What's the "een" in Halloween?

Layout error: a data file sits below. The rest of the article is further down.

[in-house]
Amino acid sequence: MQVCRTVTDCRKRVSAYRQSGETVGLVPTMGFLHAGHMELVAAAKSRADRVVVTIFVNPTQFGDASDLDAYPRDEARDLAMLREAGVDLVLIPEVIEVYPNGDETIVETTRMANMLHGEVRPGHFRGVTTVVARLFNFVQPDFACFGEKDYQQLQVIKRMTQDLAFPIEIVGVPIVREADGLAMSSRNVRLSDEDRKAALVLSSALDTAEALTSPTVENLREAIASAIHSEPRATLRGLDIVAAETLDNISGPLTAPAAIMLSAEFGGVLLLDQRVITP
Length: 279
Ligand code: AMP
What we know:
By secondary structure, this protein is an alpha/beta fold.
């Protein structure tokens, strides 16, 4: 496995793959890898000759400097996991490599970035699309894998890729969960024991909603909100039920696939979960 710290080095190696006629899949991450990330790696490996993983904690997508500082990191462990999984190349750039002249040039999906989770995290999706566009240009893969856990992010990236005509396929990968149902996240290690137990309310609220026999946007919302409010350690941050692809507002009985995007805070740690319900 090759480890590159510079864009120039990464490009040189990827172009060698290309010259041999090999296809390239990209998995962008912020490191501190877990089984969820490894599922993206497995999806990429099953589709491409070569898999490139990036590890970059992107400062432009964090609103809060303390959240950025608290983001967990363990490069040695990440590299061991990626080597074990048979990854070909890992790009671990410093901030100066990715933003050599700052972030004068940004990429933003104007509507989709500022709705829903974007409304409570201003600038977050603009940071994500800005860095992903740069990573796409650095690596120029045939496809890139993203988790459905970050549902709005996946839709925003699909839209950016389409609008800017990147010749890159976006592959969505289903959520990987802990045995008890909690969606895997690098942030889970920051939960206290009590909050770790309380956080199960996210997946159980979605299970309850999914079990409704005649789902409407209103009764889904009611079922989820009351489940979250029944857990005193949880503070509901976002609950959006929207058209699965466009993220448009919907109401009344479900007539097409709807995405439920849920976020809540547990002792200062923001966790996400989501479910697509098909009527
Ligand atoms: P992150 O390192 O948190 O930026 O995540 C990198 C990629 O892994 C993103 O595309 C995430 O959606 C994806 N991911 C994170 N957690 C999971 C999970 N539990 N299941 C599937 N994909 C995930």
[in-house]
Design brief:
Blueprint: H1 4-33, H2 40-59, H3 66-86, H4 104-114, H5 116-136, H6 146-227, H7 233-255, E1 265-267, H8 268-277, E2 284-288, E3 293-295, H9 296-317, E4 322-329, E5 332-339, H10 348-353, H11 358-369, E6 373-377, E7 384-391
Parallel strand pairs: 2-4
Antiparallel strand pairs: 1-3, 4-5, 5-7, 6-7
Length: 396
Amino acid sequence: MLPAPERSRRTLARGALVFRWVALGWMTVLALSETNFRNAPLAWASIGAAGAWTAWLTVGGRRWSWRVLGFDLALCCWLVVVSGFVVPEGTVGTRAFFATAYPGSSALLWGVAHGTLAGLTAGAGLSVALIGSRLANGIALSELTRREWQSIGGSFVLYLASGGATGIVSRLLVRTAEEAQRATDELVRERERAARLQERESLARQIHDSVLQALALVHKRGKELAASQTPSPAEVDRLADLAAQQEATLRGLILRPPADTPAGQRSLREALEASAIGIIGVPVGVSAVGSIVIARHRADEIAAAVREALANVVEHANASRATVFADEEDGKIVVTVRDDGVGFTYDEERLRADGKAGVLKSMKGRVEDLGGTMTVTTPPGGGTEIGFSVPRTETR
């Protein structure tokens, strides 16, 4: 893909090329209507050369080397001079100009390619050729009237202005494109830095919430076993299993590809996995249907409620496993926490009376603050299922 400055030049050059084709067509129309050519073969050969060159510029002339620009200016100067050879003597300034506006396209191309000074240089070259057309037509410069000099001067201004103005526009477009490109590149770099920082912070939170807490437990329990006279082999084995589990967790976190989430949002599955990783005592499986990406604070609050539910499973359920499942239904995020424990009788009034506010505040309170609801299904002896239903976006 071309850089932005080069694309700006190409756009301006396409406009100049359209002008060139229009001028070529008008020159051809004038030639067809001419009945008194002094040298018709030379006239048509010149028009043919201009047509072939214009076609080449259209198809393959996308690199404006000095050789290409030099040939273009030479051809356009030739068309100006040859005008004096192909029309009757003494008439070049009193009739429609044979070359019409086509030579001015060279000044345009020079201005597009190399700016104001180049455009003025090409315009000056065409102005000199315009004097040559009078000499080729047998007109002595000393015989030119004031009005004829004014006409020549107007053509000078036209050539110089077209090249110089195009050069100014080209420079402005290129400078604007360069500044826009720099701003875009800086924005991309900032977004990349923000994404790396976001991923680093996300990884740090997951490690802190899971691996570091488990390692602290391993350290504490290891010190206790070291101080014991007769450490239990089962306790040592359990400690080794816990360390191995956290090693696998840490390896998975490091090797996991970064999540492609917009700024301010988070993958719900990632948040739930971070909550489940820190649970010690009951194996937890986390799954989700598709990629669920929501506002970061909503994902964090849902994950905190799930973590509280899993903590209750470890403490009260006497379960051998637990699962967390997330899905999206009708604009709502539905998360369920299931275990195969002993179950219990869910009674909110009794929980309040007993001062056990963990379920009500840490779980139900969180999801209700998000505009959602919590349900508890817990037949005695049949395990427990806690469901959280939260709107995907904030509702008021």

late 14c., "come next after, take the place of another," from Old French succeder (14c.), from Latin succedere "come after, go near to," from sub "next to, after" (see sub-) + cedere "go, move" (see cede). Meaning "to continue, endure" is from early 15c. The sense of "turn out well, have a favorable result" is first recorded late 15c., with ellipsis of adverb (succeed well).